Back when this symbol first made its way into American consciousness in 1938 if you asked somebody, "How do you support yourself?" there was no question about what you were asking them.
"I work for the firm Pearson Hardman," would come the proud answer. Or, "I work down at the Buick dealership on 2nd and Main."
But today the "S" word refers to a whole lot more than how we keep our economic boats afloat. We seek fulfillment. We desire to contribute to our own wellbeing as well as that of others. We want to feel good about ourselves. We seek confidence and a sense of purpose.
But how do we go about getting these things?
Nobody's going to hand them to us.
Superman isn't going to come along and grant us psychological absolution.
Family members and my shrink can only do so much in the support department. At a certain point it's up to me to take the big fat red "S" and stick it on my own chest, hitch up my tights, grab my cape and learn how to support myself. Here's three effective ways I've used to go about doing this:
#1 Stop comparing yourself to anybody else.
This was hard for me because my parents' favorite admonition was, "Don't compare yourself to the worst compare yourself to the best!" As a result, I compared myself to everybody and felt like crap if I didn't measure up and felt smug when I did.
Neither emotion was satisfying or progressive.
The likes of me -- and you -- will never come again. Each one of us is like a unique flower that will bloom only once in all of ETERNITY. That's a pretty damn special flower.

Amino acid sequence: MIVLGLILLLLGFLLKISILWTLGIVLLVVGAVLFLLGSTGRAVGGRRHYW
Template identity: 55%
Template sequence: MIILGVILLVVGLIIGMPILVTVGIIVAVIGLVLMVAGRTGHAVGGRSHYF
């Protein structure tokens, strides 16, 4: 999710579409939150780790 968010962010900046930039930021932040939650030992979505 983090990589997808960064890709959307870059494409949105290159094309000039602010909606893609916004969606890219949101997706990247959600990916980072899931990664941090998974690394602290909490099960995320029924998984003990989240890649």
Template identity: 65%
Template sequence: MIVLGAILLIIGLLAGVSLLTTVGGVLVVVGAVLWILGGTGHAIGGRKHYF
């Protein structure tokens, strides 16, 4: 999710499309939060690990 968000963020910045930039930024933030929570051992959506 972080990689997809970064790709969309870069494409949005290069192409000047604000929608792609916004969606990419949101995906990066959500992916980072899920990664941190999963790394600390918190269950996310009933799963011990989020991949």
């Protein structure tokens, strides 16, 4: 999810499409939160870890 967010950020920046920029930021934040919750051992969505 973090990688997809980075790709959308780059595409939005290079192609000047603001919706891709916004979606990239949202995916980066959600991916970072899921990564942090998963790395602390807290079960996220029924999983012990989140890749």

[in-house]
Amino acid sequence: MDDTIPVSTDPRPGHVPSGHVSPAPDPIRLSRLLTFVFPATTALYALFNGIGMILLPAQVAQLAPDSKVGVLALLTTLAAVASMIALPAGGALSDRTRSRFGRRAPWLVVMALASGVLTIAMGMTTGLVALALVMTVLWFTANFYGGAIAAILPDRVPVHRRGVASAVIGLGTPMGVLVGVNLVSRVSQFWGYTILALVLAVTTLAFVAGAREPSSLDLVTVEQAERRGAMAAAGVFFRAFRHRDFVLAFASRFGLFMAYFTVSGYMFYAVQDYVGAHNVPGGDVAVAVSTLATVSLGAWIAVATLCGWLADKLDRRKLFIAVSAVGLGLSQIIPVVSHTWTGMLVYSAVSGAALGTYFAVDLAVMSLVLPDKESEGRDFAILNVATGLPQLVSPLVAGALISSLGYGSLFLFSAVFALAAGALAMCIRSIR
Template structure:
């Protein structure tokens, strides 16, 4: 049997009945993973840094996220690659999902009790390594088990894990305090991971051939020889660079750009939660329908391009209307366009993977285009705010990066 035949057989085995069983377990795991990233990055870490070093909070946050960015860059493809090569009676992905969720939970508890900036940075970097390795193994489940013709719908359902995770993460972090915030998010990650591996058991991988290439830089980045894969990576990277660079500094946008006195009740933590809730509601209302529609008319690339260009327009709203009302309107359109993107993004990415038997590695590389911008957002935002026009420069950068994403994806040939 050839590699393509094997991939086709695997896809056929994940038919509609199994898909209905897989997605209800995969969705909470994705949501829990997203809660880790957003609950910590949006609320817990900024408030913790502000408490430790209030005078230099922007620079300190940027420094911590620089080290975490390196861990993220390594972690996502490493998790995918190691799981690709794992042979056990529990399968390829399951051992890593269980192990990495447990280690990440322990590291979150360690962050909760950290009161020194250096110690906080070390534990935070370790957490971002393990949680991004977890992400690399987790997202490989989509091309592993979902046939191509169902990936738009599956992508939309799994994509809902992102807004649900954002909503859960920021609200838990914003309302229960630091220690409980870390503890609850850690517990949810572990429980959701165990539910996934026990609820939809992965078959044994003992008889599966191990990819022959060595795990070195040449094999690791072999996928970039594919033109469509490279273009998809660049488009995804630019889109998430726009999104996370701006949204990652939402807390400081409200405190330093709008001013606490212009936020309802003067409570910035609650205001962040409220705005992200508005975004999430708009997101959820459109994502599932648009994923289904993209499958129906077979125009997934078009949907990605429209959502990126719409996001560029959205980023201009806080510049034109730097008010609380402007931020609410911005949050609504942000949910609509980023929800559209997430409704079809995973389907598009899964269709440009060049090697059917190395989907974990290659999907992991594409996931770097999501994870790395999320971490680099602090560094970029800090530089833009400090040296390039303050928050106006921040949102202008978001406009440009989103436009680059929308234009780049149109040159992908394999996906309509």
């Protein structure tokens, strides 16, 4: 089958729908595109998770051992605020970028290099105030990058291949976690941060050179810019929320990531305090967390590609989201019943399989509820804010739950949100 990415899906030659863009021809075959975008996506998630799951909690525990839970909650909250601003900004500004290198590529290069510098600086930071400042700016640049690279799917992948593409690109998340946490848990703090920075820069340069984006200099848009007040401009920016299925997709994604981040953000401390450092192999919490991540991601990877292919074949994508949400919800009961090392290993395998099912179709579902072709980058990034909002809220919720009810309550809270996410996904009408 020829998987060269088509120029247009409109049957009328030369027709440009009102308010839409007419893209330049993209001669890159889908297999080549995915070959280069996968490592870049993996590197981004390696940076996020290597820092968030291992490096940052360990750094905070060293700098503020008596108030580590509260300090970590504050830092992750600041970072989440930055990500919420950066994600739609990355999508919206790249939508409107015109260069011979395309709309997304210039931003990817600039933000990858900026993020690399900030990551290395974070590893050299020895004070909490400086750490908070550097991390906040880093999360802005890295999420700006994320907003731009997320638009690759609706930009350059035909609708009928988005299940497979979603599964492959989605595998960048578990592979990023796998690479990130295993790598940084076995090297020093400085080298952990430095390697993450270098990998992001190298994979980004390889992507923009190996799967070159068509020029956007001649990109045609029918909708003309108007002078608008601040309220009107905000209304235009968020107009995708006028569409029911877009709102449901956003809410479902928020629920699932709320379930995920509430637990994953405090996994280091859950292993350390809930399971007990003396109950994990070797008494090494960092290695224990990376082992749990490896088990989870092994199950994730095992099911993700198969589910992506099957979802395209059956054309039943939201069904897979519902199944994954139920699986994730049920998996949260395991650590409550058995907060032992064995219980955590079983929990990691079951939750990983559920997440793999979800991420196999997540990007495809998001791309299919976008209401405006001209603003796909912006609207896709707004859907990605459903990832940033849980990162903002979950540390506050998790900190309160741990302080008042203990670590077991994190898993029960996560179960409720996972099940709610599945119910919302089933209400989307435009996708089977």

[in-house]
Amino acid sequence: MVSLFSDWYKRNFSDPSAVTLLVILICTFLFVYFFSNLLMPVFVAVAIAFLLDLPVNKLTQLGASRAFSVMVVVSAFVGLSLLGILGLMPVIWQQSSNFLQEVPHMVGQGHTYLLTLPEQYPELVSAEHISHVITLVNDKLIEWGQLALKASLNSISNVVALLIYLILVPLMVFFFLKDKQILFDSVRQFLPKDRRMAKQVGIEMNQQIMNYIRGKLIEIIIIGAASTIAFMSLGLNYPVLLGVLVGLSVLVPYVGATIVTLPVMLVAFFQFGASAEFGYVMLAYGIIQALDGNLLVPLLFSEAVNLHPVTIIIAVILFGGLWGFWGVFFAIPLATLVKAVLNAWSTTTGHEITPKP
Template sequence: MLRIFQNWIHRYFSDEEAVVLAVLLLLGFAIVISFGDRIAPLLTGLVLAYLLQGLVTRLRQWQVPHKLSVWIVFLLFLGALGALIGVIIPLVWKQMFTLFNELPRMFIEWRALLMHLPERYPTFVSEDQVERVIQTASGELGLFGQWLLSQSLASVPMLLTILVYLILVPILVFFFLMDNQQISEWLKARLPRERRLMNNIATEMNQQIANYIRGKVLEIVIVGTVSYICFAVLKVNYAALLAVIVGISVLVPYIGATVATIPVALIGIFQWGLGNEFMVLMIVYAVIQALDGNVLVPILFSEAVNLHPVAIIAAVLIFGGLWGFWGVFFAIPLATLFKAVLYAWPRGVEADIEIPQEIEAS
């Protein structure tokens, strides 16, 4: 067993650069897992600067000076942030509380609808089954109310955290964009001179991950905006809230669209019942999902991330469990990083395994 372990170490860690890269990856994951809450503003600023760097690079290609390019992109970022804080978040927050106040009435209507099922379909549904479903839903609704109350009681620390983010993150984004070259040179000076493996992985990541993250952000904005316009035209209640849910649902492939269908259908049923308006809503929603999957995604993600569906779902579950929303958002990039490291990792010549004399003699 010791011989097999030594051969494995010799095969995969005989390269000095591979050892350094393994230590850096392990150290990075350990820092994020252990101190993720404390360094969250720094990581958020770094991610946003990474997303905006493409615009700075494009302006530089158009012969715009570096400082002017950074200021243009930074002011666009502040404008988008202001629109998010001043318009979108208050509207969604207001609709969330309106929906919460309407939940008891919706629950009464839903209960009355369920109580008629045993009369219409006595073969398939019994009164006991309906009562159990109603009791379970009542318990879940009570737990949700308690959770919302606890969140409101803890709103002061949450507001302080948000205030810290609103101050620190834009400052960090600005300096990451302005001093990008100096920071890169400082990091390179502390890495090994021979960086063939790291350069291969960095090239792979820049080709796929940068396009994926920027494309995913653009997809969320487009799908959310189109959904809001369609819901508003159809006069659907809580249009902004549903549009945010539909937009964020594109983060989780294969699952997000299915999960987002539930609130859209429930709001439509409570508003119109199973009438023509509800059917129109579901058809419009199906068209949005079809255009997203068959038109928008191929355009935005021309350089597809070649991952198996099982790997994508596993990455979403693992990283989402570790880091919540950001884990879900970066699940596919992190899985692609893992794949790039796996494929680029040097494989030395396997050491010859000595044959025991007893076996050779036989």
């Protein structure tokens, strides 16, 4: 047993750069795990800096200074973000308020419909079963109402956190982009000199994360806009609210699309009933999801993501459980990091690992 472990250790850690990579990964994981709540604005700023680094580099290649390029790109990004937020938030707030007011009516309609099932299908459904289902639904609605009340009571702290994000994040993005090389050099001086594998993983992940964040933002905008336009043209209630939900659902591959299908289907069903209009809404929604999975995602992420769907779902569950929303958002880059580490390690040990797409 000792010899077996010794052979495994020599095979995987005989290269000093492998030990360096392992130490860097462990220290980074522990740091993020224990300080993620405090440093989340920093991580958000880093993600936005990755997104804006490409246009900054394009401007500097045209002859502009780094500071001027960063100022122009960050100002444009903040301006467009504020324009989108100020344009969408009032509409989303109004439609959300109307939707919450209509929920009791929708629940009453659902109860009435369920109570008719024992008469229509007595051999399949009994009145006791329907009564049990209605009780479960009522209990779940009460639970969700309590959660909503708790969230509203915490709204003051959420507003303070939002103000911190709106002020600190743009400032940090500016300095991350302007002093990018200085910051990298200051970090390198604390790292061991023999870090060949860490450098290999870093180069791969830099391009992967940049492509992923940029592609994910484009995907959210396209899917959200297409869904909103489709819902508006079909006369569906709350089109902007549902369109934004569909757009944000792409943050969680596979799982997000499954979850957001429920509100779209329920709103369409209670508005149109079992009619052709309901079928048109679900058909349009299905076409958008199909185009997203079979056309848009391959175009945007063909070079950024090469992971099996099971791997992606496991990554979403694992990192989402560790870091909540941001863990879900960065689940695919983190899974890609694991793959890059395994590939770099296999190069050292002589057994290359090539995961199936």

Simply being alive in this amazing world is enough. Little children know this ... but we don't anymore.
So remind yourself: I don't have to be managing partner, president, a movie star, rich ... or thin. Yes, we can all improve. But our best, most lasting improvements come from an internal prompting -- the inner voice of the heart coaching us in a particular direction -- not running to keep up with Ken and Barbie.
#2 Take time for yourself.
You'll never hear that still small voice within unless you do.
Make friends with the only person in the world who will be with you every step of the way from birth until death ... you.
Find out what makes you tick.
Find out what makes you come alive. Passion is Youth Juice. And the only way you'll find passion (or become the Dragon Warrior) is to find out Who You Really Are. From this flows everything: What you do, who you love, what you pursue, what you value... it's all inside, waiting to be discovered.
So take an hour a day and turn off the phone, turn off the TV, turn off the music, unhook, cast loose and do yourself the enormous favor of spending time with yourself alone, in silence, and preferably in nature. Quite the concept, eh? It might be scary at first. Perhaps depressing. Perhaps boring. But hey, if I bore myself what the hell kind of person am I? Maybe some changes need to happen?
Scary discovery? Yes. Ultimately rewarding making the effort? Hell yes.
I could add a hundred more tips on becoming more self-supportive. Play more, open up, learn to give, learn to receive, learn patience, learn to breathe, learn to relax. Exercise, lose weight, cut down the booze ... all these things help. But here's the last Biggie:
#3 Lose yourself in something greater than your little ego self.
Whether it's watching a sunset, listening to a symphony, enjoying art, rowing or serving soup on Sundays at a homeless shelter-- find activities that allow your ego's grip on your reality to loosen a bit and pursue them.
Studies show that the less we focus on "me" and "mine" and the more we focus on others and open up to life and nature, art and beauty, the more we come alive, experiencing joy, awe, fulfillment, grace ... even transcendence.
Such emotions also gift us with better health and longer life expectancy.
And who wouldn't want a longer life experiencing joy and grace and great health?